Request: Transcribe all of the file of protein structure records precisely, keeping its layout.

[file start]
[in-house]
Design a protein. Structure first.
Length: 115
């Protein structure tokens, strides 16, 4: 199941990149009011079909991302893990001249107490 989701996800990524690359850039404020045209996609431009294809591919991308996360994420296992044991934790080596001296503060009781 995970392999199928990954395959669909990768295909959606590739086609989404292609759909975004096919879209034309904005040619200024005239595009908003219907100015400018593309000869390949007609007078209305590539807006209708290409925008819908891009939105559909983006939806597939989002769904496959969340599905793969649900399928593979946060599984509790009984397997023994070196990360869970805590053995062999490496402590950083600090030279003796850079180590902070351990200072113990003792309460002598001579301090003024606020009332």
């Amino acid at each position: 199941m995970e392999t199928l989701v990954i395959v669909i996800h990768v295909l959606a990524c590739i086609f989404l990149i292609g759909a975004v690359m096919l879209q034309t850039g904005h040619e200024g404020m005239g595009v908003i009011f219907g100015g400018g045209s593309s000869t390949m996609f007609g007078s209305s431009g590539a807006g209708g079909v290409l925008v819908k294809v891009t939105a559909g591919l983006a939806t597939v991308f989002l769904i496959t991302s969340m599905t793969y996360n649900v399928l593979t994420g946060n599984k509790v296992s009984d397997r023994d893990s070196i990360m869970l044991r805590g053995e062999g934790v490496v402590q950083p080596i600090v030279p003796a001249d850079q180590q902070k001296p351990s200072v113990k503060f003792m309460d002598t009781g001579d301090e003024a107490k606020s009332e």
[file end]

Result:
[in-house]
Design a protein. Structure first.
Length: 115
């Protein structure tokens, strides 16, 4: 199941990149009011079909991302893990001249107490 989701996800990524690359850039404020045209996609431009294809591919991308996360994420296992044991934790080596001296503060009781 995970392999199928990954395959669909990768295909959606590739086609989404292609759909975004096919879209034309904005040619200024005239595009908003219907100015400018593309000869390949007609007078209305590539807006209708290409925008819908891009939105559909983006939806597939989002769904496959969340599905793969649900399928593979946060599984509790009984397997023994070196990360869970805590053995062999490496402590950083600090030279003796850079180590902070351990200072113990003792309460002598001579301090003024606020009332």
């Amino acid at each position: 199941m995970e392999t199928l989701v990954i395959v669909i996800h990768v295909l959606a990524c590739i086609f989404l990149i292609g759909a975004v690359m096919l879209q034309t850039g904005h040619e200024g404020m005239g595009v908003i009011f219907g100015g400018g045209s593309s000869t390949m996609f007609g007078s209305s431009g590539a807006g209708g079909v290409l925008v819908k294809v891009t939105a559909g591919l983006a939806t597939v991308f989002l769904i496959t991302s969340m599905t793969y996360n649900v399928l593979t994420g946060n599984k509790v296992s009984d397997r023994d893990s070196i990360m869970l044991r805590g053995e062999g934790v490496v402590q950083p080596i600090v030279p003796a001249d850079q180590q902070k001296p351990s200072v113990k503060f003792m309460d002598t009781g001579d301090e003024a107490k606020s009332e």